Mulligans, Scrambles, And Life: Golf As A Metaphor Or Not
On April 25, the BW and I had the strangest experience that I have ever had on a golf course (and I have had some strange ones including elks, snakes and greens made of sand that required raking after putting in Tasmania).
Our synagogue had its annual charity golf outing at our club and we played. As is the case with most such outings, this was a scramble consisting of many four-person teams. In a scramble, each member of the team tees off and the team selects the best drive. Everyone then plays from that spot and this goes on until the ball is holed with the best shot being used each time. This tends to speed up play, means the best golfer’s shots are the ones usually used, and makes for a fun afternoon. But we hit a couple of hitches. First, we were a team of only two. I guess they had an odd number of people signed up and we got to play ourselves. That meant each of us had two shots each time. Well, I make lots of errors on a golf course, but give me two tries and one will usually be good. The same is true for the BW and she was putting very well. Then we got rained out after nine holes. Thunder, lightning the whole shebang. Through nine holes we were five under par which is ridiculous, but there’s a reason. We got to play every shot twice and we were even given two mulligans a piece. A mulligan in golf is a do over. So, on some greens we had five tries at making a putt. Between the two of us, give us five tries and we will make the putt. And we did, five separate times on five different holes.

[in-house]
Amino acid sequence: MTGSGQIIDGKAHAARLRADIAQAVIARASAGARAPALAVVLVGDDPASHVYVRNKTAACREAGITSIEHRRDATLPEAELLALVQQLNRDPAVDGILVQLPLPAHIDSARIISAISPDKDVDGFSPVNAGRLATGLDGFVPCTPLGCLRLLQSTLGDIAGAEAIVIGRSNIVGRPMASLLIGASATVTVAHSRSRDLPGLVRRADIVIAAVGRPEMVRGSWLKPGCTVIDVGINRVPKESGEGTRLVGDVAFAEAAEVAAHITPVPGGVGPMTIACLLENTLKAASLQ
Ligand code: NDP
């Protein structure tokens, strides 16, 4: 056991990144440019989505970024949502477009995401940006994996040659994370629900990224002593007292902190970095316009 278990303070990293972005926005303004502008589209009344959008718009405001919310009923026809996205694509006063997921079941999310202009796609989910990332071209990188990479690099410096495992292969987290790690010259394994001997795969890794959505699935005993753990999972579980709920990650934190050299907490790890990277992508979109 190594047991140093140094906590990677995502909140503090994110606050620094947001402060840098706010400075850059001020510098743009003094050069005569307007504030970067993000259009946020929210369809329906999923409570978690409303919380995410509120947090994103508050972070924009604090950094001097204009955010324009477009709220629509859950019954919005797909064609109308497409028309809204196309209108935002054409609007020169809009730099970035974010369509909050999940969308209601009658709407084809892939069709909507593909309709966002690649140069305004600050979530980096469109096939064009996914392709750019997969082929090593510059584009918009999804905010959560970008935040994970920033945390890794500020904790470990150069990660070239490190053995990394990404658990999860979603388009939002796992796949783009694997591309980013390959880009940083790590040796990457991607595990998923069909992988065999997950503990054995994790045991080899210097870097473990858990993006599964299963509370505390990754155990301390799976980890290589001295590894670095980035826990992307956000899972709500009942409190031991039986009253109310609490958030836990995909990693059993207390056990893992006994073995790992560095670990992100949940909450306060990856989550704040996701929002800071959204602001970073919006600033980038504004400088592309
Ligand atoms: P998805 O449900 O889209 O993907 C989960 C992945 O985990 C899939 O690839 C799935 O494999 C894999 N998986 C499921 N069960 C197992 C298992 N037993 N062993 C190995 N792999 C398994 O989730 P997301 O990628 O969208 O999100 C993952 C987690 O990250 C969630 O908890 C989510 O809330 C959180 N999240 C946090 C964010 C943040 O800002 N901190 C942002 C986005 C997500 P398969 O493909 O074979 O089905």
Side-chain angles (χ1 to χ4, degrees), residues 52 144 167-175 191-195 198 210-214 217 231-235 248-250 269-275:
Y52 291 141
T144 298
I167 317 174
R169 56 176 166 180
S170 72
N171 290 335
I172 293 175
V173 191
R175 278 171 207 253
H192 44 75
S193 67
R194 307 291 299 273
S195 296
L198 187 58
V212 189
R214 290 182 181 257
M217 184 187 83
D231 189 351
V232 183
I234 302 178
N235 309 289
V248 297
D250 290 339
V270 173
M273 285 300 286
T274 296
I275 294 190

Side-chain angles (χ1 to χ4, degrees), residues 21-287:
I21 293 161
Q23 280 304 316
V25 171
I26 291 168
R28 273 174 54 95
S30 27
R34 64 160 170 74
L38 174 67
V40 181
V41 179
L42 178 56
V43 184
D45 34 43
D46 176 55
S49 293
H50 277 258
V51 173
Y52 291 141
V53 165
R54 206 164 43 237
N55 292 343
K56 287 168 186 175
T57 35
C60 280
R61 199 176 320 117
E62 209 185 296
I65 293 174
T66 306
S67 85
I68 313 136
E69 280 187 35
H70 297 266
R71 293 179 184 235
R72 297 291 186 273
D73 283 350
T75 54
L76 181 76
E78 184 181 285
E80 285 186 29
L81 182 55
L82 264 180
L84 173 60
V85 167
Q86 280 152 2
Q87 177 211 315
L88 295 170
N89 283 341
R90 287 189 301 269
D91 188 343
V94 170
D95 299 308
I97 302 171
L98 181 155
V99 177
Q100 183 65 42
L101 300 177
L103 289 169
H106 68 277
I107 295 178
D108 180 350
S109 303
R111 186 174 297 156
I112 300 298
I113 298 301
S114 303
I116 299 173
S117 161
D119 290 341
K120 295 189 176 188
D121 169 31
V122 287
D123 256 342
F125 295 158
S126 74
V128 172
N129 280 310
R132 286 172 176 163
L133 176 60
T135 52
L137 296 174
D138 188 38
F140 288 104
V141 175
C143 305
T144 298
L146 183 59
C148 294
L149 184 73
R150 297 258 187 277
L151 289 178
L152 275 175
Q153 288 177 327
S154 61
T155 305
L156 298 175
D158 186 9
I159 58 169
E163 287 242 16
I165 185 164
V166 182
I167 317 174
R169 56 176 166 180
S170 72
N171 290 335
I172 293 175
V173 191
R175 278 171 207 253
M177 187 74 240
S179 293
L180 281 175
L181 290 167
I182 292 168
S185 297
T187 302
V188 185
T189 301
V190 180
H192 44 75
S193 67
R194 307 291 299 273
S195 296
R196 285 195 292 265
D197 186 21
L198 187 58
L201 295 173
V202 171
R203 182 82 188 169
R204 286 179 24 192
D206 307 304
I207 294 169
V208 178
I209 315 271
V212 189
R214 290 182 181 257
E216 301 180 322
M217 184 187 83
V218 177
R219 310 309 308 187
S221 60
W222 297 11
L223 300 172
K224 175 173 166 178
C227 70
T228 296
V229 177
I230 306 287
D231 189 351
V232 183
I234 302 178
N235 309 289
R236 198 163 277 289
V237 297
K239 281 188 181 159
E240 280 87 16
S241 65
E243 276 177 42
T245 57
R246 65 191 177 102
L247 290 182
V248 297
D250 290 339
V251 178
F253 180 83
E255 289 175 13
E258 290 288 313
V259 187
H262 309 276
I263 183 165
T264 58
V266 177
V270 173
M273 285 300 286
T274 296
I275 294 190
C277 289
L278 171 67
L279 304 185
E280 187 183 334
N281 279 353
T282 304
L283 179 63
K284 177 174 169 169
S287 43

The moral of the story is that if you are given enough chances in golf to make a good shot, you probably will. The same is probably true in life when it comes to important decisions, but we so rarely get more than one chance to make a good choice.
Life has few mulligans and it is not a scramble in which you can do well based on the abilities of someone else. Oh, there are times when you get a second chance and you can draft on the abilities of a colleague every so often. More than a few members of my study group in business school contributed less than the rest of us in our many joint projects and there’s always someone in chem lab who can carry you through, but in general, in life, you are on your own and a charity scramble is not an allegory, nor metaphor for life unfortunately.
The moral of the story is to do your best the first time and try not to need the mulligans. It’s a good life lesson, but a hard one to learn. The other lesson is that if you are in a four-man scramble and you are a good golfer, hope at least two members of your foursome don’t show up. That’s more shots for you.